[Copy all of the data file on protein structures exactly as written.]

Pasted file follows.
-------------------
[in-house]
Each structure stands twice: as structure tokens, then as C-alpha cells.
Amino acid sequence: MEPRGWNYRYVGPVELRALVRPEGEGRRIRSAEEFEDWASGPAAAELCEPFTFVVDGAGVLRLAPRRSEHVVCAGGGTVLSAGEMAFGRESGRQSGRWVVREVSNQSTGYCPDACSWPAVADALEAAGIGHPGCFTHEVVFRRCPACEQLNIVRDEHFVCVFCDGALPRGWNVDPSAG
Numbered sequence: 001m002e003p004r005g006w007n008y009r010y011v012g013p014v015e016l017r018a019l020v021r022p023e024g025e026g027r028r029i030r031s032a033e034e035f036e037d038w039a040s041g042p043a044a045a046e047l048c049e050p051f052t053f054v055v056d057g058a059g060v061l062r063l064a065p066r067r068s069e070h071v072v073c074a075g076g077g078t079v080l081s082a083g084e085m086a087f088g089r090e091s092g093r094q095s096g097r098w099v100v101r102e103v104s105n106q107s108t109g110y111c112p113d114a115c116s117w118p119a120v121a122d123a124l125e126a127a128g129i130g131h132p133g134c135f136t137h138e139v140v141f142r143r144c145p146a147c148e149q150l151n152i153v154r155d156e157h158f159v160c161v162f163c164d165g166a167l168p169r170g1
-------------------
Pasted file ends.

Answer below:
[in-house]
Each structure stands twice: as structure tokens, then as C-alpha cells.
Amino acid sequence: MEPRGWNYRYVGPVELRALVRPEGEGRRIRSAEEFEDWASGPAAAELCEPFTFVVDGAGVLRLAPRRSEHVVCAGGGTVLSAGEMAFGRESGRQSGRWVVREVSNQSTGYCPDACSWPAVADALEAAGIGHPGCFTHEVVFRRCPACEQLNIVRDEHFVCVFCDGALPRGWNVDPSAG
Numbered sequence: 001m002e003p004r005g006w007n008y009r010y011v012g013p014v015e016l017r018a019l020v021r022p023e024g025e026g027r028r029i030r031s032a033e034e035f036e037d038w039a040s041g042p043a044a045a046e047l048c049e050p051f052t053f054v055v056d057g058a059g060v061l062r063l064a065p066r067r068s069e070h071v072v073c074a075g076g077g078t079v080l081s082a083g084e085m086a087f088g089r090e091s092g093r094q095s096g097r098w099v100v101r102e103v104s105n106q107s108t109g110y111c112p113d114a115c116s117w118p119a120v121a122d123a124l125e126a127a128g129i130g131h132p133g134c135f136t137h138e139v140v141f142r143r144c145p146a147c148e149q150l151n152i153v154r155d156e157h158f159v160c161v162f163c164d165g166a167l168p169r170g1